Uber defies French law to expand "banned" service
Uber, an online cab service that links drivers with passengers through a smartphone app, launched its UberPOP service in three more French cities on Monday, provoking anger from taxi drivers who see it as unfair competition.
UberPOP has been present in Paris since 2011 and has expanded to other cities. The app has ignited a political battle in France, and lawmakers passed legislation last year effectively making the app as it currently operates illegal although cases challenging the legality of the legislation are currently making their way through the French judicial system.
The service, which links drivers of private cars with potential passengers at cheaper rates than traditional cabs, became available in Marseille, Strasbourg and Nantes on Monday.
Around 80 to 100 taxi drivers protested in the western French city of Nantes in front of a hotel where Uber was organising a driver recruitment meeting.
"Our main fear is unfair competition: these people pay neither social charges, nor the right to park on the public highway," said Sebastien Leclair, head of the CPAT taxi association for the Loire-Atlantic region.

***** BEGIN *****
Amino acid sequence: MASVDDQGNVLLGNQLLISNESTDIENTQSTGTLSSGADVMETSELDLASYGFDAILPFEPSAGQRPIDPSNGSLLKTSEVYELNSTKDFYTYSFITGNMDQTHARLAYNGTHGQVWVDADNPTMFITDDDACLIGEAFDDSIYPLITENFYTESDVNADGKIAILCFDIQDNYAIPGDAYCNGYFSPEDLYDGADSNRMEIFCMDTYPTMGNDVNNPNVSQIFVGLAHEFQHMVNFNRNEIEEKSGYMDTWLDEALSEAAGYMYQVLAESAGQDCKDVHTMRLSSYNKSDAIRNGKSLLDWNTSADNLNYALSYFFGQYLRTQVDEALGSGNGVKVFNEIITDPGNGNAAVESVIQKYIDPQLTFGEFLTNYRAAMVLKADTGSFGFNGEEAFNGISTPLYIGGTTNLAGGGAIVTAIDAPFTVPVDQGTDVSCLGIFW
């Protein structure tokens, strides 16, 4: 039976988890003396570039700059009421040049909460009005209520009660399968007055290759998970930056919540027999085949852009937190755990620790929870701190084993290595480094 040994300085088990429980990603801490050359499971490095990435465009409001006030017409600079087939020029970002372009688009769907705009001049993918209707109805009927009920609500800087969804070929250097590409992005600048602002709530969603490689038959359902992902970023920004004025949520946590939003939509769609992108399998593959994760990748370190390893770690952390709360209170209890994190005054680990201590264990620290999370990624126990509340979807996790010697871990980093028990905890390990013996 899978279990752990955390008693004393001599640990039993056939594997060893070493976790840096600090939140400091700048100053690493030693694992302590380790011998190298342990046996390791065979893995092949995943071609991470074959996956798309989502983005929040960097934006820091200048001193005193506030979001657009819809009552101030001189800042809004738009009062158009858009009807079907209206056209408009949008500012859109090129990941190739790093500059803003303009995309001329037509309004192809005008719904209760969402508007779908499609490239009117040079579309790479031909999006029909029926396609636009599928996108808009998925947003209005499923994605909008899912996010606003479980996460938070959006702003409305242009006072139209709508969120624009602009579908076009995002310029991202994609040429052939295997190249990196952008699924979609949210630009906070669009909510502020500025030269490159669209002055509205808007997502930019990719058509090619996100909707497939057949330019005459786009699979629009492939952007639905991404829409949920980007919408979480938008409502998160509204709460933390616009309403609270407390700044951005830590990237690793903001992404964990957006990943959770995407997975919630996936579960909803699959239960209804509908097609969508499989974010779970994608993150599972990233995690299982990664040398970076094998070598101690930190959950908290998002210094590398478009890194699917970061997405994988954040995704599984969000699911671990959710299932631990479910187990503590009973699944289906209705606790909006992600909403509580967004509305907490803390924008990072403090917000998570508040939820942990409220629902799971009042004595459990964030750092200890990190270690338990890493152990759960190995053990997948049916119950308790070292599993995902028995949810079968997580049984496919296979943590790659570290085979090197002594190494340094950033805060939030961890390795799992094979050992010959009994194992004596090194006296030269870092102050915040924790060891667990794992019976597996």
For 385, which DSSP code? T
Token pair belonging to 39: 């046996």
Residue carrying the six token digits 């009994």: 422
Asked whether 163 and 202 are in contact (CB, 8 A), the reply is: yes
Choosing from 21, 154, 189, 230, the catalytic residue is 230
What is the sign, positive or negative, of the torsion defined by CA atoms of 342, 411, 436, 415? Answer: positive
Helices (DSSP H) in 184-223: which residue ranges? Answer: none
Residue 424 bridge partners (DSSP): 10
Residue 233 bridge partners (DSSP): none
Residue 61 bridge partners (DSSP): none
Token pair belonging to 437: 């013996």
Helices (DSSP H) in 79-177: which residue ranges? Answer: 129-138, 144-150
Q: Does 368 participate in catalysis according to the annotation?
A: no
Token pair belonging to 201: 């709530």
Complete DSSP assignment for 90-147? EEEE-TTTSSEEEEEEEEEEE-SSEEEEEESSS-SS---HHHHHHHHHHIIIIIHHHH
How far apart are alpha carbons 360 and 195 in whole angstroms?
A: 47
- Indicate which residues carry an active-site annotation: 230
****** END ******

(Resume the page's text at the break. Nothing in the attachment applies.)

CPAT called on taxi drivers to step up action on Tuesday in Nantes, including possible moves to block traffic in and around the city.
As well as Paris, UberPOP was already available in Lyon, Bordeaux, Toulouse and Nice.
San Francisco-based Uber faces legal challenges in several European countries where licensed taxis drivers have protested.
A French court last month outlined restrictions on private chauffeured vehicle services, called VTCs, such as the one offered by Uber.
UberPOP is a more informal operation than VTCs, which use professional drivers.
Uber said UberPOP simply heralds the imminent deployment of a so-called VTC (chauffeured tourism vehicles) service in the three cities.